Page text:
17 week reference period free
Oct 14, 2010 you get 3 choices with the reference period 1 a fixed 1726 week period on dates laid down by the authroties (i dont remember the dates) 2 a roling 1726 week period 3 a fixed 1726 week period on dates agreed with your employer
Then divide that figure by the number of weeks in the reference period which is normally 17 weeks. Example one. You have a standard working week of 40 hours (eight hours a day). You also do 12 hours overtime a week for the first 10 weeks of your 17week reference period.
The continuous 17 to 26 week period is used to calculate the average weekly working time and this is known as the reference period. A reference period starts at 00: 01 on Monday and runs for the necessary number of weeks (whether 17 or 26) until 00: 00 on Sunday. If you are going with a 17 week reference period there will be one period of 18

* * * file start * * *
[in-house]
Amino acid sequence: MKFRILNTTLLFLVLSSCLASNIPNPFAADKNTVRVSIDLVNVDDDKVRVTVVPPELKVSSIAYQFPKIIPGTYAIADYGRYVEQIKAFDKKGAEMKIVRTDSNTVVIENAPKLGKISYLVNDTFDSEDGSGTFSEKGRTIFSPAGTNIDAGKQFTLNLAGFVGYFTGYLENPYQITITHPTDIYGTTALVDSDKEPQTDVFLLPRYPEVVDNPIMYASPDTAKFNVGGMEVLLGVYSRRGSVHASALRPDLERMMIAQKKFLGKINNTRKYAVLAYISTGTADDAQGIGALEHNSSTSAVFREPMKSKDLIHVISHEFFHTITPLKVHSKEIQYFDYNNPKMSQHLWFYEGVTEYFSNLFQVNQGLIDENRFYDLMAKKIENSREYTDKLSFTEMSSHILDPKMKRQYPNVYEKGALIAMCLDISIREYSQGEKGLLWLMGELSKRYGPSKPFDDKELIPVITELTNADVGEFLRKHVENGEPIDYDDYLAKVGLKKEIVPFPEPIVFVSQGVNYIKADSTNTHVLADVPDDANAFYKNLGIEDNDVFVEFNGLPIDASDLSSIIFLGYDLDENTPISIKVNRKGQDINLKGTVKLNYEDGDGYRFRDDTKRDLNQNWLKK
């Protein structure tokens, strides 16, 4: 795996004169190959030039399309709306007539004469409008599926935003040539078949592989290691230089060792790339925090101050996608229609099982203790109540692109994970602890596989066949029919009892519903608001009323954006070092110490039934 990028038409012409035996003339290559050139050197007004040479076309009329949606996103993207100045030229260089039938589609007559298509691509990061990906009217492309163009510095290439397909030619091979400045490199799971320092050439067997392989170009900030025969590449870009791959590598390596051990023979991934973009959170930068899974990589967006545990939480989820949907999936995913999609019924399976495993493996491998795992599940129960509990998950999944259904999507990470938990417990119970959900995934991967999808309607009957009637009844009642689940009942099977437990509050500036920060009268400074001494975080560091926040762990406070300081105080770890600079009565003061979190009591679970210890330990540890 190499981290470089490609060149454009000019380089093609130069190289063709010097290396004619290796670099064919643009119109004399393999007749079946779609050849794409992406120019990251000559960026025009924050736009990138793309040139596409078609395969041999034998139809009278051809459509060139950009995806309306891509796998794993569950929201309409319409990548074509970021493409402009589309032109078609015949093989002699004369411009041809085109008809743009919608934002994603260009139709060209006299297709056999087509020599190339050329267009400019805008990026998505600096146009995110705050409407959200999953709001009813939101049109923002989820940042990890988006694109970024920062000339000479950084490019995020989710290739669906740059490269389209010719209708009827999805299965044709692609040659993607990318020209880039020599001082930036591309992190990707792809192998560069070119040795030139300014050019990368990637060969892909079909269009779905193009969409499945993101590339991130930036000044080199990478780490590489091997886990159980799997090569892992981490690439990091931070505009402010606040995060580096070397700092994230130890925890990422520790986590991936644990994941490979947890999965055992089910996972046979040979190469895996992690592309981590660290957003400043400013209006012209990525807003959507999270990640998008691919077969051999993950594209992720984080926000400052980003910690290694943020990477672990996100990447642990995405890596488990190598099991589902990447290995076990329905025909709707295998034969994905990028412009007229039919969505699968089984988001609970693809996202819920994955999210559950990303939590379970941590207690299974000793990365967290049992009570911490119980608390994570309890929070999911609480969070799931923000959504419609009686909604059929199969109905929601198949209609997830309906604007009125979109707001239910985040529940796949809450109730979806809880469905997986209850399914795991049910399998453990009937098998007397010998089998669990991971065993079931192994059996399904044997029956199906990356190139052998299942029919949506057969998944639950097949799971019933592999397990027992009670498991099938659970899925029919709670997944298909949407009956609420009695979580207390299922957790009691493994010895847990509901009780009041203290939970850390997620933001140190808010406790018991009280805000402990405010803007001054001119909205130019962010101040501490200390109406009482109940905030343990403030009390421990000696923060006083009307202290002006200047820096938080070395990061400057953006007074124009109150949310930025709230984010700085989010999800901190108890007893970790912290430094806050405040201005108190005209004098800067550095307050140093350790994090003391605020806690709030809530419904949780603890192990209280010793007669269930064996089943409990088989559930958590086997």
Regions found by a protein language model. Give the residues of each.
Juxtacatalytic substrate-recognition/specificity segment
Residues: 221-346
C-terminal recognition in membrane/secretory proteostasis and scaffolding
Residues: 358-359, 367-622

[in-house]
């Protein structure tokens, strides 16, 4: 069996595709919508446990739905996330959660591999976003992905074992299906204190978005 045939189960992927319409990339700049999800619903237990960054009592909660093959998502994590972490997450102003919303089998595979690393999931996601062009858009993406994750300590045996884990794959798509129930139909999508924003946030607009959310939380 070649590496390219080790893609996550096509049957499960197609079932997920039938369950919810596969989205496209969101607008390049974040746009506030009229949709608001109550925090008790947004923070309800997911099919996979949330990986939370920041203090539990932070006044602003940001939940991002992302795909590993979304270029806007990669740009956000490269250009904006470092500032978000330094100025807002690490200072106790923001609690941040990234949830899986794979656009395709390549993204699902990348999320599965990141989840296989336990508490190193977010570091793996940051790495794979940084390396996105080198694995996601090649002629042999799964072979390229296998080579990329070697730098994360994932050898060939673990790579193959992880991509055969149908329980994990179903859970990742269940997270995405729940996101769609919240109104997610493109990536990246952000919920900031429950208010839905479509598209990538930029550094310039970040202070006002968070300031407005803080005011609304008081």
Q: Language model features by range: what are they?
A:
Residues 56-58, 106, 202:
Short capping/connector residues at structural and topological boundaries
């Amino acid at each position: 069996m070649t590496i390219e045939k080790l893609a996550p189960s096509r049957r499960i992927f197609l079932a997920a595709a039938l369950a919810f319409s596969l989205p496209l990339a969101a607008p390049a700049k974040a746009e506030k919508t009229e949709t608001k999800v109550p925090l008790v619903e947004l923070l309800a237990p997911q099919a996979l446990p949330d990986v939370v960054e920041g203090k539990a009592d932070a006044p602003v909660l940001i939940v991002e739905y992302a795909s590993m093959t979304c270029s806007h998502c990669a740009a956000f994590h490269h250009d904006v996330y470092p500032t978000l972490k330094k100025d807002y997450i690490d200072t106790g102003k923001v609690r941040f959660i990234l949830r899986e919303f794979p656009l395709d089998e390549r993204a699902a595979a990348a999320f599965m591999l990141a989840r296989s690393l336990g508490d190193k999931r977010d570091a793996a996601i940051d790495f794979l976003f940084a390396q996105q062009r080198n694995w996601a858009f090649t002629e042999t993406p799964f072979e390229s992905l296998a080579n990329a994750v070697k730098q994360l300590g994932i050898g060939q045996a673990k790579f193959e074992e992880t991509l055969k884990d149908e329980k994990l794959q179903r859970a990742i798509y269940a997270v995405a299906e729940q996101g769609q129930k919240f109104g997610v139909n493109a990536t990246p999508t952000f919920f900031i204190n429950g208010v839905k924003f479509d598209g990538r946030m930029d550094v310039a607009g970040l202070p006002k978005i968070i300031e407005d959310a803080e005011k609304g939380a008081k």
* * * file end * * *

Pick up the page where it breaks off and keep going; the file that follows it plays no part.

Nov 02, 2004 A Under the Working Time Regulations 1998, adults have the legal right to refuse to work more than an average of 48 hours a week, including overtime, calculated over a reference period of 17 consecutive weeks. The 17week period may be increased to 26 weeks for employees whose work keeps them away from home for long periods, including those
Under the Working Time Regulations 1998 (WTR), the 48hour average working week is normally calculated using a 17week reference period. This can be extended up to a maximum of 52 weeks by a collective agreement or workforce agreement, but only if there are objective or technical reasons concerning the organisation of work. An example of where such an extension might be useful
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Average working hours are calculated over a reference period, normally 17 weeks. This means you can work more than 48 hours one week, as long as the average over 17 weeks is less than 48
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